A Nation Lost: The El Salvador I May Never See
Angel Ramon Medina @puertorico05971
Low Road 2IC Angel is a prolific author and media activist who has just released the juicy political thriller novel Janus: The Devil's Election.
It's 4am and still hours until dawn, but the streets of Apopa are already full of life with trade and banter. Hundreds of street stalls peddle cheap, sizzling Pupusas, schoolchildren travel in giggling groups, commuters gulp down hot coffee and, as always, the loud, smoking buses teem with eager passengers.
El Salvador is traditionally a country that wakes up and gets on with the day early; but usually not this early. Kids having to get up at 3am to get ready for school is not normal anywhere, except in certain barrios around San Salvador.
"It's the gang violence. Everyone wants to get all their work done before the gangs wake up."
Early morning commuter; Apopa, El Salvador
However, the even sadder part is that El Salvador wasn't always like this. It wasn't violence-filled to the point where you had to stay in your house all day to dodge bullets. The truth is, even though many parts of that beautiful country are peaceful and safe, gang violence has transformed other parts into a war zone.
My mother was born and raised in El Salvador and I know her life story off by heart. When she was a child, people were much kinder to one another. Doors could be left unlocked overnight without fear of home invasion and children acted like children and weren't radicalised and weapon-trained by the time they hit double figures. Even the fiestas were peaceful; a different time.
In fact, El Salvador was once most commonly known for its majestic volcanos and perfect waves. The nation exported sugar and corn from its many vast mountainside plantations that were curated by honest, hard working farmers. For some extra money, the farmers would sell their Pupusas by the road side after work and on weekends. I would love to have seen this side of El Salvador, but I fear that I was born too late. The civil war was at its peak when I came into this world.
The gangbangers, or maras in Spanish, are the sole reason that El Salvador's good name has been ruined almost beyond repair. They selfishly rob, loot and kill, just to be able to gain territory that isn't theirs to begin with, and to control the country's lucrative drug industry.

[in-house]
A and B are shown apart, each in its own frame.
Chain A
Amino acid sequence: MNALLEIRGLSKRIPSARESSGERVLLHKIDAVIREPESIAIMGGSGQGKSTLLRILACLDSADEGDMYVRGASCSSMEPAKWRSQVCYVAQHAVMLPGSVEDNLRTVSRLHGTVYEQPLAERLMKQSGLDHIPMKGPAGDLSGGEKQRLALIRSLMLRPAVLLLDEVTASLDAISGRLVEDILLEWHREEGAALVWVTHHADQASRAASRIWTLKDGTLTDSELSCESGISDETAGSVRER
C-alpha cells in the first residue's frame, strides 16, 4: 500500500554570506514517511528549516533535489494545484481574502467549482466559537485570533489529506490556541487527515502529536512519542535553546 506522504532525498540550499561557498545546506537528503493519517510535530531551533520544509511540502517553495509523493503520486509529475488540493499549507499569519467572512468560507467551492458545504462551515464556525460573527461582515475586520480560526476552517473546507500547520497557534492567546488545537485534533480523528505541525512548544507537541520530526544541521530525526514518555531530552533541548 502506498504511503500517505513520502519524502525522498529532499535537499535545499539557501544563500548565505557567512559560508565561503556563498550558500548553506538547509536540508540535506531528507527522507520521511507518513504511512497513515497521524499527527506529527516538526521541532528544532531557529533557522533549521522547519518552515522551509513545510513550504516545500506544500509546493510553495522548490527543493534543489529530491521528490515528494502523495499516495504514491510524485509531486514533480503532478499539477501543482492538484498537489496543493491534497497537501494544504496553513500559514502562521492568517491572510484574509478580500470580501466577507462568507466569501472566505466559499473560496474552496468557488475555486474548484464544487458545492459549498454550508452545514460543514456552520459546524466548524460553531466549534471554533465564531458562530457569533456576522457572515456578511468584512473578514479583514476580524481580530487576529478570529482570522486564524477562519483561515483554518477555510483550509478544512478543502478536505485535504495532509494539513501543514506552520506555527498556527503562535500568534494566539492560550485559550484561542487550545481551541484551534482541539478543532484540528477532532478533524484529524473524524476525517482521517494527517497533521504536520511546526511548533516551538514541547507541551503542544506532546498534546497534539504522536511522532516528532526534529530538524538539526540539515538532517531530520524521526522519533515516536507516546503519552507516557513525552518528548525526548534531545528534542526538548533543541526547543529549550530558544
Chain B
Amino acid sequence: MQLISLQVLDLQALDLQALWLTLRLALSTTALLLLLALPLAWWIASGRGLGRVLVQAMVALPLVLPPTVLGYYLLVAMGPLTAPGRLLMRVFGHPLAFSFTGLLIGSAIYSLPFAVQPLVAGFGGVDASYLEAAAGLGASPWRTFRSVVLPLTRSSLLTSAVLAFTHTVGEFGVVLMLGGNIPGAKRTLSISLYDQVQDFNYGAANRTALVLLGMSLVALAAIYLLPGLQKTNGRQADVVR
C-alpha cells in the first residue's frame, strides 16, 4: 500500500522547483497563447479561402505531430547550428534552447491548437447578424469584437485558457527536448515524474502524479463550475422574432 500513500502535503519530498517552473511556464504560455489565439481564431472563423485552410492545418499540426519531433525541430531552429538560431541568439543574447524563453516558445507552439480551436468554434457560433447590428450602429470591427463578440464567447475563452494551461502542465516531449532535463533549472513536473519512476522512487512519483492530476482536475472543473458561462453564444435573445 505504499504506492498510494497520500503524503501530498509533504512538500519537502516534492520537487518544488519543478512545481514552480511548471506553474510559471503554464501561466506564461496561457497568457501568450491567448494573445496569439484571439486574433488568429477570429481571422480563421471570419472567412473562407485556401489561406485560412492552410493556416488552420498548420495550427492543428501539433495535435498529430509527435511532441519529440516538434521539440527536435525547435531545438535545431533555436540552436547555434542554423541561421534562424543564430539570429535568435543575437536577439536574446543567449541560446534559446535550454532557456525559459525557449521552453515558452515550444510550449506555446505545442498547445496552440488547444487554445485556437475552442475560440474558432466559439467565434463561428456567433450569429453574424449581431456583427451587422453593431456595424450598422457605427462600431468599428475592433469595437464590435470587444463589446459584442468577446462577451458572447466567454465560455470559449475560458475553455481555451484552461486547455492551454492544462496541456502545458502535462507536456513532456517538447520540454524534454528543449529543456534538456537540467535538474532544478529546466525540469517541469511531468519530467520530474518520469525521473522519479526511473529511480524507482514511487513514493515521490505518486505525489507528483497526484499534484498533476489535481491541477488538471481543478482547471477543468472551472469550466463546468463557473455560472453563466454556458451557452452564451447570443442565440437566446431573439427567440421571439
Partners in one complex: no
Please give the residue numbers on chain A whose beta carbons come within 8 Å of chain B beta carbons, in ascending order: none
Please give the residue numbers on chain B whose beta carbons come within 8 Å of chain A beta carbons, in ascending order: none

1979 was year zero for when the trouble started; it marked the beginning of the decade long civil war which tore the country apart. Hard to believe, but in some parts, the trouble has gradually gotten worse since.
The tiny country has never been able to properly recover from the effects and ravages that war and violence will inevitably bring. The first thing I see now when I Google search El Salvador is pages and pages of death and destruction perpetrated by gangs like MS-13 and Barrio 18. It makes my heart weep.
The fact is, that El Salvador has the worst crime rate of any other country in the world; a crime rate mostly concentrated into poorer areas of San Salvador. In 2015, there were over 6,000 homicides nation wide; mostly gang members or innocent civilians caught in the crossfire. I can only imagine what that figure might be in another decade.
The point of this article is to fill you in; El Salvador is not a bad country. Many regions are stunning and filled with beautiful people that only wish to welcome you. The way that the media often portrays the country is irresponsible; to them, the entire nation might as well be a crime syndicate. For being the smallest country in Central America, El Salvador is an extremely diverse, cultured society with a remarkable history. Please don't let today's news effect your opinion of Salvadorians.
*If you enjoy Angel Ramon Medina's writing, please check out his epic novel series 'The Thousand Years War' now available on Amazon.